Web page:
Hormones normally have short half-life.
How is it possible that they have long-life in drugs?
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The question is a bit vague, but in general a drug formulation is made of the active principle plus a series of other non-active compounds call excipients.
Excipients have multiple roles such as:
They act as fillers to add volume to the drug. Often only very small amounts of the active compound are present in each pill/capsule/etc. and it would be complicated for the patient to handle these very small amounts.
They act as binders to keep everything together and avoid the pill to crumble.
They can modify the pharmacokinetics of the active principle by speeding up or slowing down its release.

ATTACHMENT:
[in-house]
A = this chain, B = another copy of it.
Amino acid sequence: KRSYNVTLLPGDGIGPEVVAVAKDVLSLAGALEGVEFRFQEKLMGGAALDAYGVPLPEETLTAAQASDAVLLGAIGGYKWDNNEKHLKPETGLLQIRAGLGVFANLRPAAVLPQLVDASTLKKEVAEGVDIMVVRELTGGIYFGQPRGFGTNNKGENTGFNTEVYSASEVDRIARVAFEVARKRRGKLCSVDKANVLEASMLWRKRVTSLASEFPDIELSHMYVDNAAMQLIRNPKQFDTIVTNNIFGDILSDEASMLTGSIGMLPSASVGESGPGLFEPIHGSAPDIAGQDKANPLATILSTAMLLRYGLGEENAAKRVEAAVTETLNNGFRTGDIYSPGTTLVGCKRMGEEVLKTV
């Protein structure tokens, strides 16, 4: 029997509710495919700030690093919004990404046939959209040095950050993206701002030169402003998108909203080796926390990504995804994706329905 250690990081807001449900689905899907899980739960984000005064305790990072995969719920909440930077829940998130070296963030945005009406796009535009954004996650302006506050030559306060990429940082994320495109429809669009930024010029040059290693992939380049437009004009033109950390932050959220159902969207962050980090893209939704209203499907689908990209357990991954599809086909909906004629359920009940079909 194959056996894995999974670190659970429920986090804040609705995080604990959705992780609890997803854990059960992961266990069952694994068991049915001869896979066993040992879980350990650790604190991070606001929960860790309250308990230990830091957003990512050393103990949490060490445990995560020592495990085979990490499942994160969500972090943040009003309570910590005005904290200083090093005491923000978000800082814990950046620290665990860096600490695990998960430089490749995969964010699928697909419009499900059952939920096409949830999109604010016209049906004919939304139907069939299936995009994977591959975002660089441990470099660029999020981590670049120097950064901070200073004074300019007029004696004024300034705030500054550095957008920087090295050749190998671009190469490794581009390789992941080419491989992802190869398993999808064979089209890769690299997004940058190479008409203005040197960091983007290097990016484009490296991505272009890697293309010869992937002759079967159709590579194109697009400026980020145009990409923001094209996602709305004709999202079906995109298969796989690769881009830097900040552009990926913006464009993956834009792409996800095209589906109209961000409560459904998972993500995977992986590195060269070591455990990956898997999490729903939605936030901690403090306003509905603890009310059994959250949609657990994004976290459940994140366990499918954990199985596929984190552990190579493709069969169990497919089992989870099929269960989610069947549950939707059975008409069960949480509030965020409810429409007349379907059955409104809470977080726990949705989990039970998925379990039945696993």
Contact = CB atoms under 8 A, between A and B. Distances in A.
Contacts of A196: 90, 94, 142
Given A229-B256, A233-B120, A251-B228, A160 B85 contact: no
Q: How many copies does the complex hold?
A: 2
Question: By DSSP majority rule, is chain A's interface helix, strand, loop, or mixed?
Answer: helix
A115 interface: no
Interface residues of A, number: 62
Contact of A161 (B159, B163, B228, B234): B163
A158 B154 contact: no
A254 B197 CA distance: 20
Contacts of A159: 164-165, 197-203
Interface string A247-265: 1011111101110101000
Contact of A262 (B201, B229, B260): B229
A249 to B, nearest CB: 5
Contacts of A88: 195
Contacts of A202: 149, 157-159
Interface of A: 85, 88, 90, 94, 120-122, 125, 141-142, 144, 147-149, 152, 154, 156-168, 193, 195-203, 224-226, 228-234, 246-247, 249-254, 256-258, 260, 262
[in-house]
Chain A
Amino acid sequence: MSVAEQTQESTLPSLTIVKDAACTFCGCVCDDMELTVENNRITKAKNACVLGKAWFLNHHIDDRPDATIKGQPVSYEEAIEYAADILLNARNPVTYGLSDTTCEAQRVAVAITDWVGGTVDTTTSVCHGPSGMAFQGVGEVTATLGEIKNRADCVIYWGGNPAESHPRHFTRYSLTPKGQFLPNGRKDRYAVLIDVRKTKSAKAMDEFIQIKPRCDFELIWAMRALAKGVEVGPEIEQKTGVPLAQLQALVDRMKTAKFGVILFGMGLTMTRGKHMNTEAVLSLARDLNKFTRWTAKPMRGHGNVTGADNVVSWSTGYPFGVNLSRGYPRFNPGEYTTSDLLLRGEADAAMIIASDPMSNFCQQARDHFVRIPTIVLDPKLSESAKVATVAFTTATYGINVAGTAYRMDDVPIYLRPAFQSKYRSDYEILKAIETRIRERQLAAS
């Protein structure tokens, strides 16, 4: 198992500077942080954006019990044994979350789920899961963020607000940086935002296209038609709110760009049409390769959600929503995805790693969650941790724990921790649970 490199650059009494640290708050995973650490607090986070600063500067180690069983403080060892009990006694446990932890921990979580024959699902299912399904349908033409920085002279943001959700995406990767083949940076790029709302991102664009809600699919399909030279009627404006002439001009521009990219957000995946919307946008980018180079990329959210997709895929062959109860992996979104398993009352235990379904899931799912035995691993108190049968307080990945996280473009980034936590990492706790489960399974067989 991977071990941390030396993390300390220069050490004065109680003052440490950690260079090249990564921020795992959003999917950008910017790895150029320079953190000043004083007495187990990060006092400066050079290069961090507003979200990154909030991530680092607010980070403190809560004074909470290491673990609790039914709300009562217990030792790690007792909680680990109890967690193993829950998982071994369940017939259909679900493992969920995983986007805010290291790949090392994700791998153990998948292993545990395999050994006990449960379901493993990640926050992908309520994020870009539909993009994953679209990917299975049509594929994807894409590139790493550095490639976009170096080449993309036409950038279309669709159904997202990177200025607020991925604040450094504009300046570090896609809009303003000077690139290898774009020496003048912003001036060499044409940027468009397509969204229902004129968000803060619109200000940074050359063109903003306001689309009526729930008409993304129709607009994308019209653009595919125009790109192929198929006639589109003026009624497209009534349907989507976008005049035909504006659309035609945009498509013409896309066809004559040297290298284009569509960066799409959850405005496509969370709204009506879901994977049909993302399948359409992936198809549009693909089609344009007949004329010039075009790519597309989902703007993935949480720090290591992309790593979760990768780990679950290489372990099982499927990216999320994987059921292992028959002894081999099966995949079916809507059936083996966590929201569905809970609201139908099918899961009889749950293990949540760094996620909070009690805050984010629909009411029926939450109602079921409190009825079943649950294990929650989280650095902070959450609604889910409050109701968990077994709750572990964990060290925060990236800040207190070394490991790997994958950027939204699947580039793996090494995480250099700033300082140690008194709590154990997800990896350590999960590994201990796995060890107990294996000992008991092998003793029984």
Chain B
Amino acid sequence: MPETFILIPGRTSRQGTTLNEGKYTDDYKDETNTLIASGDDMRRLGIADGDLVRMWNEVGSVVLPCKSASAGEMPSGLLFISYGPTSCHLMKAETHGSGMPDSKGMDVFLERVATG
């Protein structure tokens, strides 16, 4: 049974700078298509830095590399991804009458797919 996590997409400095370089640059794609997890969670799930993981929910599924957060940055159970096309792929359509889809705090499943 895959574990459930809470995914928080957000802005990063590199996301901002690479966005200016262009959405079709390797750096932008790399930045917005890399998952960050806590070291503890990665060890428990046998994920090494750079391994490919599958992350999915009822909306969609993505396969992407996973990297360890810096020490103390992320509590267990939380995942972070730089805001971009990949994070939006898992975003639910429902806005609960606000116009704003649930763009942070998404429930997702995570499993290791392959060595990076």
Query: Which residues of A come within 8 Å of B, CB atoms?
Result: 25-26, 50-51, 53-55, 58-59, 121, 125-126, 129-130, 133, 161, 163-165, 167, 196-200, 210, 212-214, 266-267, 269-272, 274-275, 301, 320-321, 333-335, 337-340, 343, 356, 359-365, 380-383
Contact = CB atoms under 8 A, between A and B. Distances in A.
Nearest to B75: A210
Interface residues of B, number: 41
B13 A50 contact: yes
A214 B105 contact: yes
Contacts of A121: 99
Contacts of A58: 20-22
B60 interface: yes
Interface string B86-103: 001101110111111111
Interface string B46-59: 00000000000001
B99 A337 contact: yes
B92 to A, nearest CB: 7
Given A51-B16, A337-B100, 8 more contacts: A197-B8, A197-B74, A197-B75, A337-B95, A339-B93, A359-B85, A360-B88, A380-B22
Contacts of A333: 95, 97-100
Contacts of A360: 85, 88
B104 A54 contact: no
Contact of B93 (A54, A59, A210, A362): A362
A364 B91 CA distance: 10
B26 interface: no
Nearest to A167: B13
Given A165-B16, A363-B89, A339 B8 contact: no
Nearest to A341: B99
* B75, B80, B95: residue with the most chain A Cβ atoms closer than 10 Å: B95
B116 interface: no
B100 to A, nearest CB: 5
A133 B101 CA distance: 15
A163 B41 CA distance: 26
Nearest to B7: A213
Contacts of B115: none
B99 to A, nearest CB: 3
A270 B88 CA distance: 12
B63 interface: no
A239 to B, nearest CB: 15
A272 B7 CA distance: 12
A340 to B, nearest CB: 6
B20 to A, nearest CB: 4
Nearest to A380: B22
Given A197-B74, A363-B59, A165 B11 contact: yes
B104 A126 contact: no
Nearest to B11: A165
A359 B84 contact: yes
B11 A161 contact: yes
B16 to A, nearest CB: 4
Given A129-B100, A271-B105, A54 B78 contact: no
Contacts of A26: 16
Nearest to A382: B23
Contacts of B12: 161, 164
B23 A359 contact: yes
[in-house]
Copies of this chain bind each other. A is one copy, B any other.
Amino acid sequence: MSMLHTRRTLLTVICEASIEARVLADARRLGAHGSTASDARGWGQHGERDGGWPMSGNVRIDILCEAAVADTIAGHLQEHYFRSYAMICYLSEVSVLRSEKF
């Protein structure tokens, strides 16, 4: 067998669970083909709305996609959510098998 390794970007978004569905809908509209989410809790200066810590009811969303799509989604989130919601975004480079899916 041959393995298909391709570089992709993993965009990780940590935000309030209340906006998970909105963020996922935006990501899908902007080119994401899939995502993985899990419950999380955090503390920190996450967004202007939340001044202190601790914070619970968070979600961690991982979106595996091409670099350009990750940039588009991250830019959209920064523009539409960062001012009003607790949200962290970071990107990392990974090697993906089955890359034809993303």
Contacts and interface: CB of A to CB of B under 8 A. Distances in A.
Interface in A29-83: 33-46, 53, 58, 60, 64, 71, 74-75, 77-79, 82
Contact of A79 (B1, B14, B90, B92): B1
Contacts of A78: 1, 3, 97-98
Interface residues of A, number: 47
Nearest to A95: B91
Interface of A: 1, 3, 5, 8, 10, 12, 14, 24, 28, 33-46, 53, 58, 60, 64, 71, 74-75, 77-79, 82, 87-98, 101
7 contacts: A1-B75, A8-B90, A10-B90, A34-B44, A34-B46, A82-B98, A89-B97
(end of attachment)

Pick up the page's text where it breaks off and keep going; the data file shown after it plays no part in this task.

(there are many more resons to add excipients, see the relevant Wikipedia page for a longer list)
This last point is what you are looking for. If the hormone (or any other molecule, it doesn't really matter) is complexed with excipients it will be released in the blood or metabolized slower/faster depending on the specific molecules/formulations/mode of administration.